^{1,a)}, Daan Frenkel

^{1}and Pieter Rein ten Wolde

^{1,b)}

### Abstract

We analyze the efficiency of several simulation methods which we have recently proposed for calculating rate constants for rare events in stochastic dynamical systems in or out of equilibrium. We derive analytical expressions for the computational cost of using these methods and for the statistical error in the final estimate of the rate constant for a given computational cost. These expressions can be used to determine which method to use for a given problem, to optimize the choice of parameters, and to evaluate the significance of the results obtained. We apply the expressions to the two-dimensional nonequilibrium rare event problem proposed by Maier and Stein [Phys. Rev. E48, 931 (1993)]. For this problem, our analysis gives accurate quantitative predictions for the computational efficiency of the three methods.

The authors thank Axel Arnold for his careful reading of the manuscript. This work is part of the research program of the Stichting voor Fundamenteel Onderzoek der Materie (FOM), which is financially supported by the Nederlandse Organisatie voor Wetenschappelijk Onderzoek (NWO). One of the authors (R.J.A.) was supported by the European Union Marie Curie program.

I. INTRODUCTION

II. BACKGROUND: FFS-TYPE METHODS

A. Forward flux sampling

B. The branched growth method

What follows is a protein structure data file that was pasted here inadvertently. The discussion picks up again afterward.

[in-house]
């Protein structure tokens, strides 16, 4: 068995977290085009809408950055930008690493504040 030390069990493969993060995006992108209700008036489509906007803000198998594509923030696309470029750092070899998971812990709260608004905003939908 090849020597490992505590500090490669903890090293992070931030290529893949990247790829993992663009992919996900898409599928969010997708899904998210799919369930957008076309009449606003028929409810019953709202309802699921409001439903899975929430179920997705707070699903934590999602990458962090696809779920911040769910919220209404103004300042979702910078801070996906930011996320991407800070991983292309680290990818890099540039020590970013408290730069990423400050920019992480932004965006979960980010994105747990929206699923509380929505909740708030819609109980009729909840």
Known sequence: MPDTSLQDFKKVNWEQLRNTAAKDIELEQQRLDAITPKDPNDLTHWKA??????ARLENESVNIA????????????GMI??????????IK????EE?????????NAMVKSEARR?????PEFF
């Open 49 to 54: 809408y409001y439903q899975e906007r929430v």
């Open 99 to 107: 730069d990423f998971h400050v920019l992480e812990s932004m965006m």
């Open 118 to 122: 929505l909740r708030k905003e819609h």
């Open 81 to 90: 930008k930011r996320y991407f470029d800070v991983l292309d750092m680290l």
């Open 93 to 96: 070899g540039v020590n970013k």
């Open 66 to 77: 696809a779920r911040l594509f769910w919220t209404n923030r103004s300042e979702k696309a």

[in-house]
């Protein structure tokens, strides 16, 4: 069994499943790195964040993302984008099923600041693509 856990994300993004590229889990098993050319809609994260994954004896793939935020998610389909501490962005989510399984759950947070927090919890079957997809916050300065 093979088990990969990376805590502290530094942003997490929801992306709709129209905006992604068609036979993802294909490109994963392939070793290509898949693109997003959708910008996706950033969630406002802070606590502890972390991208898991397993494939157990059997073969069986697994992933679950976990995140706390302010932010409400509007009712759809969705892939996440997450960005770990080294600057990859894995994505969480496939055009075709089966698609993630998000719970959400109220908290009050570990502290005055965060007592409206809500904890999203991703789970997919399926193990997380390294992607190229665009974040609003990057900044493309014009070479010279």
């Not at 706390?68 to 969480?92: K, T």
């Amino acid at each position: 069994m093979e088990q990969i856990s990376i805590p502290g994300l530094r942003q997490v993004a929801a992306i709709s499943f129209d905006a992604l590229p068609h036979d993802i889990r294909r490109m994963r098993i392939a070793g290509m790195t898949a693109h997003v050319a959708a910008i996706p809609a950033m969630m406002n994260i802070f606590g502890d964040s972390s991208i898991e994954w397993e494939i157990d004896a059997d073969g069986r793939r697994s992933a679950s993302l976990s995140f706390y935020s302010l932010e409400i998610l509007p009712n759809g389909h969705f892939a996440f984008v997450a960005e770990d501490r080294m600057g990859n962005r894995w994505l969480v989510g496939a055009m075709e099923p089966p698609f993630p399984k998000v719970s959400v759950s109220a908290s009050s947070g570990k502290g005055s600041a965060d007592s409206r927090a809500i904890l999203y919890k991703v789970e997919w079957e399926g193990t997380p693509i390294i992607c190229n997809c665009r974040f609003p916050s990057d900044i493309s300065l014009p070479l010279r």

C. The Rosenbluth method

III. COMPUTATIONAL EFFICIENCY

A. Computational cost

1. Expressions for the cost

2. Illustration

B. Statistical error

1. Expressions for the variance

2. Illustration

3. Landscape variance

C. Efficiency

IV. THE MAIER-STEIN SYSTEM

A. Measuring the parameters

B. Testing the expressions

V. DISCUSSION

### Key Topics

- Stochastic processes
- 7.0
- Polymers
- 5.0
- Reaction rate constants
- 5.0
- Free energy
- 3.0
- Interface dynamics
- 3.0

## Figures

Schematic illustration of the definition of regions and and the interfaces (Here, ). Three transition paths are shown.

Schematic illustration of the definition of regions and and the interfaces (Here, ). Three transition paths are shown.

Cost for evenly spaced interfaces , , , , and . (a) as a function of for . (b) as a function of for .

Cost for evenly spaced interfaces , , , , and . (a) as a function of for . (b) as a function of for .

Relative variance , for , , and . The circles show the function . (a) as a function of for . (b) as a function of for .

Relative variance , for , , and . The circles show the function . (a) as a function of for . (b) as a function of for .

Relative variance in , as predicted by Eqs. (50)–(52), for the model problem of Figs. 2 and 3 with and . The upper curves in each group correspond to , the middle curves to , and the lower curves to . (a) as a function of , keeping . (b) as a function of , keeping .

Relative variance in , as predicted by Eqs. (50)–(52), for the model problem of Figs. 2 and 3 with and . The upper curves in each group correspond to , the middle curves to , and the lower curves to . (a) as a function of , keeping . (b) as a function of , keeping .

Efficiency , calculated using Eq. (4), for the simple model of Figs. 2–4. For each method, results are plotted with (lower curves) and (upper curves). (a) as a function of for . (b) as a function of for .